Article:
OTTAWA, ON --(Marketwired - June 29, 2016) - Time is running out for Canadians to select a national bird in time for Canada's 150th birthday in 2017. Canadian Geographic is calling on all Canadians to cast their vote for the bird they feel symbolizes our great country by the August 31st, 2016 deadline.
Canada has a national arboreal emblem, a national horse, two national sports and an animal that has come to be associated with the country. And yet after nearly 150 years, Canada has never identified a national bird. Now is the time for the beaver to have an avian partner.
"The National Bird Project has garnered a huge amount of interaction with Canadians since it launched in January 2015," says Aaron Kylie, Editor of Canadian Geographic. "We're eager to see the campaign finally recognize a national bird. That was the goal all along. And this November, just in time for the country's 150th anniversary celebrations, Canadian Geographic will announce the winner."
Canadians have the summer to ponder on which bird species should be chosen to symbolize the aspirations of our country. Voting is easy. Just visit the National Bird Project website at nationalbird.canadiangeographic.ca. To help Canadians make an informed decision, the website sports profiles for each of Canada's 40 favourite birds with information on each bird's habitat, as well as range maps that show year‐round habitat, breeding habitat, migration ranges and wintering habitat.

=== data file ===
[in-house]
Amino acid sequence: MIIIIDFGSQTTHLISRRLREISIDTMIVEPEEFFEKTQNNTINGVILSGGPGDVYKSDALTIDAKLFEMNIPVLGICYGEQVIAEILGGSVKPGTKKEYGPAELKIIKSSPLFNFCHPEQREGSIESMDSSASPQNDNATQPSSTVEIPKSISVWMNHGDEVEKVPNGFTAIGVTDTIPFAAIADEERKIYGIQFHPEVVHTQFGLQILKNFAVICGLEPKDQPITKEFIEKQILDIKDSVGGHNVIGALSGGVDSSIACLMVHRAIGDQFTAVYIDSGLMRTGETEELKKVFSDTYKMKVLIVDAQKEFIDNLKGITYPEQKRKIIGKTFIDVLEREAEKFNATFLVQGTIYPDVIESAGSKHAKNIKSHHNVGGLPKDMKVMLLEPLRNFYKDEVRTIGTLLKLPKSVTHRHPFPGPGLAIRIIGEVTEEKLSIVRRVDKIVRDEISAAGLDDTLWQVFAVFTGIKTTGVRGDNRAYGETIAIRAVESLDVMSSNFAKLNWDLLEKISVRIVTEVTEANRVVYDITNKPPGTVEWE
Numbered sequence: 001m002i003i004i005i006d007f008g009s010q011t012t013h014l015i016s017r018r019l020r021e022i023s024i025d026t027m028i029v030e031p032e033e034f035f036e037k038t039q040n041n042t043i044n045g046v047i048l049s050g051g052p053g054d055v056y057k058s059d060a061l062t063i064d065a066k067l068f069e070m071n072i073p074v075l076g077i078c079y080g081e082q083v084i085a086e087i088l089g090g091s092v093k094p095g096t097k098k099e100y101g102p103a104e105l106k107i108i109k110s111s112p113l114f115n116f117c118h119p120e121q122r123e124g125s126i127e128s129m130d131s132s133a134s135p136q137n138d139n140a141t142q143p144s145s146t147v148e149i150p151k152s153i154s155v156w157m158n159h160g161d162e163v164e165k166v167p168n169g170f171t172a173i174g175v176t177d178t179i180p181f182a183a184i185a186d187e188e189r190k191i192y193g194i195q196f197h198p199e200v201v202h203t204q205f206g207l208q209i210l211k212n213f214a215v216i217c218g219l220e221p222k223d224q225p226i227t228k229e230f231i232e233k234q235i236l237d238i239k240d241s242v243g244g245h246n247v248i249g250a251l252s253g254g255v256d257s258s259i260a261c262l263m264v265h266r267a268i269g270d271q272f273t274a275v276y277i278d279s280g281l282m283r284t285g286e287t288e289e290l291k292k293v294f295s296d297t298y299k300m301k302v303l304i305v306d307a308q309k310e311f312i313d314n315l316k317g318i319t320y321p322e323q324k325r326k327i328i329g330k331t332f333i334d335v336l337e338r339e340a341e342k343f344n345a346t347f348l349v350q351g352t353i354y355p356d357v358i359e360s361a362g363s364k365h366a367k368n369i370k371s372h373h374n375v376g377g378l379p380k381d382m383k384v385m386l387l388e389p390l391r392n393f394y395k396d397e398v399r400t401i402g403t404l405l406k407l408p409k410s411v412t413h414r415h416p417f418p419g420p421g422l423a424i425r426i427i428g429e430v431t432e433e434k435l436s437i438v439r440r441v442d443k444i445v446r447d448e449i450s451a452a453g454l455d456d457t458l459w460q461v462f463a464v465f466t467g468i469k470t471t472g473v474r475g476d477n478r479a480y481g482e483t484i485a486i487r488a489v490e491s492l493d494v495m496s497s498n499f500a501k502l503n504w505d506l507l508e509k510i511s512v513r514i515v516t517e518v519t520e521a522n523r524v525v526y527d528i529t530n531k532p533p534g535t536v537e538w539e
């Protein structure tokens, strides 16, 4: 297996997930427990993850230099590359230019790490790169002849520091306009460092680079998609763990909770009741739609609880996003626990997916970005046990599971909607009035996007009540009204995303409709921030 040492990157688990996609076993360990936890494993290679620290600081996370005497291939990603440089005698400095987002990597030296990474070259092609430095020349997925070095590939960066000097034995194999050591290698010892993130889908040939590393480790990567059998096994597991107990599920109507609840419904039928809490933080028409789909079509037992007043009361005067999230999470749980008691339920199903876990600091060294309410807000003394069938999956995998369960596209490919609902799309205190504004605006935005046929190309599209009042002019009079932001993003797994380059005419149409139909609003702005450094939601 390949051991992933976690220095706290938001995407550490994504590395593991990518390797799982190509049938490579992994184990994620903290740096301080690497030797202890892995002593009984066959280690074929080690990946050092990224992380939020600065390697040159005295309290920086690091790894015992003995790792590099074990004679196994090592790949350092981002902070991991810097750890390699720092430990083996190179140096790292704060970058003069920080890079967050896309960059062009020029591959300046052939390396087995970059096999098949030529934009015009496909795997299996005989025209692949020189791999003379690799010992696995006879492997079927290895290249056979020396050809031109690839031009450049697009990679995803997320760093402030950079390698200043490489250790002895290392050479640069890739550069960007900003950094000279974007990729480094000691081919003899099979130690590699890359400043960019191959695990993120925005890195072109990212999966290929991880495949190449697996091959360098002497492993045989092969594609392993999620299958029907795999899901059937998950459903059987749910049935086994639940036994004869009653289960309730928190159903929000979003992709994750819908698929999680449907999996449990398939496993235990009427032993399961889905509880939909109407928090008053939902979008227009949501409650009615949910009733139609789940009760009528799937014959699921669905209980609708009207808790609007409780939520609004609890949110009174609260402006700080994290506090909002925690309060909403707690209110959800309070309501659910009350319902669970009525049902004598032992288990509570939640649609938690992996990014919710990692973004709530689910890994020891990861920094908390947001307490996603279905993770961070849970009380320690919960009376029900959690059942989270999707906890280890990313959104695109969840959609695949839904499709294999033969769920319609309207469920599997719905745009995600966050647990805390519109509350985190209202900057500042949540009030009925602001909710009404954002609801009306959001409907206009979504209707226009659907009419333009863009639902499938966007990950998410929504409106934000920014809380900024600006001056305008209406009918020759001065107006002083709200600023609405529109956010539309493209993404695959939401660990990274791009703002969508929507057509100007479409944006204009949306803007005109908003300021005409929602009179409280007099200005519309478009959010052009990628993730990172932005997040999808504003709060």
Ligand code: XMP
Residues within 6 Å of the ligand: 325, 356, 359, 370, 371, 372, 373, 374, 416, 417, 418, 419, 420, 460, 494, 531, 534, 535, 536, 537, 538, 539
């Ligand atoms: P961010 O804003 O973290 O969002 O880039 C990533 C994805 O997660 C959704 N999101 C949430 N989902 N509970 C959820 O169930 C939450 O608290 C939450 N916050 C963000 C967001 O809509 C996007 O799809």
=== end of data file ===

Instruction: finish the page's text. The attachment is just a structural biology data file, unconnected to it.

To date, over 35,000 Canadians from coast to coast to coast have voted. The top five leading contenders in order of popularity are the common loon, the snowy owl, the gray jay or whiskey jack, the Canada goose, and finally, the black-capped chickadee.
Bird Studies Canada is our National Conservation Partner on the National Bird Project. Bird Studies Canada is Canada's leading charity dedicated to bird science and conservation, and provides expertise and ongoing guidance on the project. "Canada is globally renowned for our abundant wildlife and unparalleled wilderness," says Steven Price, President of Bird Studies Canada. "On the eve of our country's 150th anniversary, let's adopt a national bird to help Canadians reconnect with their natural heritage, and to share our unique character with the world!"
Birds are incredibly important as barometers of the health of ecosystems and our natural environment. Canadian Geographic hopes to use the National Bird Project as a springboard for all sorts of greater discussions about species, habitat and conservation.
Canadian Geographic in English and Géographica in French, are published by The Royal Canadian Geographical Society and highlight the latest geographic news and trends. Canadian Geographic has featured award‐winning journalism focused on our cultural and natural heritage since it was founded in 1930.
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